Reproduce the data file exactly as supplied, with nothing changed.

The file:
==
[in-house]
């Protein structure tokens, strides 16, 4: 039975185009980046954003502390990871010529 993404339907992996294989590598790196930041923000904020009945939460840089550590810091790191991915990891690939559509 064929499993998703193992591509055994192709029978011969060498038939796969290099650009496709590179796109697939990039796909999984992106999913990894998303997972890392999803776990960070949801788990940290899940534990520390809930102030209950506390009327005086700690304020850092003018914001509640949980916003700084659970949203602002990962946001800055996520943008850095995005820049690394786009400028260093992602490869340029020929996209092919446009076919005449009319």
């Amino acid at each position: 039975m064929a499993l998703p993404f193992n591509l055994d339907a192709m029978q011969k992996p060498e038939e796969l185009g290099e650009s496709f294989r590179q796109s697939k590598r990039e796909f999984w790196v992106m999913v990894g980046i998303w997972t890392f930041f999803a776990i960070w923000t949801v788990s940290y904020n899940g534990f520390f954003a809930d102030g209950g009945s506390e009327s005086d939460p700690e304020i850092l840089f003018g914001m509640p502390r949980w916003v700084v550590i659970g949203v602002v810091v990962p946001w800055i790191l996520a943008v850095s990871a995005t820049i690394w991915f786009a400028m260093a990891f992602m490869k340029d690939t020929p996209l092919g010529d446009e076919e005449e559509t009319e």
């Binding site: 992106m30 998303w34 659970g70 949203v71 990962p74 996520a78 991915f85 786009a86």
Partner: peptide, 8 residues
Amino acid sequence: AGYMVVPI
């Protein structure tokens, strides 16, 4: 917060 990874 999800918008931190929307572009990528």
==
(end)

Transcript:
[in-house]
């Protein structure tokens, strides 16, 4: 039975185009980046954003502390990871010529 993404339907992996294989590598790196930041923000904020009945939460840089550590810091790191991915990891690939559509 064929499993998703193992591509055994192709029978011969060498038939796969290099650009496709590179796109697939990039796909999984992106999913990894998303997972890392999803776990960070949801788990940290899940534990520390809930102030209950506390009327005086700690304020850092003018914001509640949980916003700084659970949203602002990962946001800055996520943008850095995005820049690394786009400028260093992602490869340029020929996209092919446009076919005449009319």
């Amino acid at each position: 039975m064929a499993l998703p993404f193992n591509l055994d339907a192709m029978q011969k992996p060498e038939e796969l185009g290099e650009s496709f294989r590179q796109s697939k590598r990039e796909f999984w790196v992106m999913v990894g980046i998303w997972t890392f930041f999803a776990i960070w923000t949801v788990s940290y904020n899940g534990f520390f954003a809930d102030g209950g009945s506390e009327s005086d939460p700690e304020i850092l840089f003018g914001m509640p502390r949980w916003v700084v550590i659970g949203v602002v810091v990962p946001w800055i790191l996520a943008v850095s990871a995005t820049i690394w991915f786009a400028m260093a990891f992602m490869k340029d690939t020929p996209l092919g010529d446009e076919e005449e559509t009319e």
């Binding site: 992106m30 998303w34 659970g70 949203v71 990962p74 996520a78 991915f85 786009a86």
Partner: peptide, 8 residues
Amino acid sequence: AGYMVVPI
């Protein structure tokens, strides 16, 4: 917060 990874 999800918008931190929307572009990528």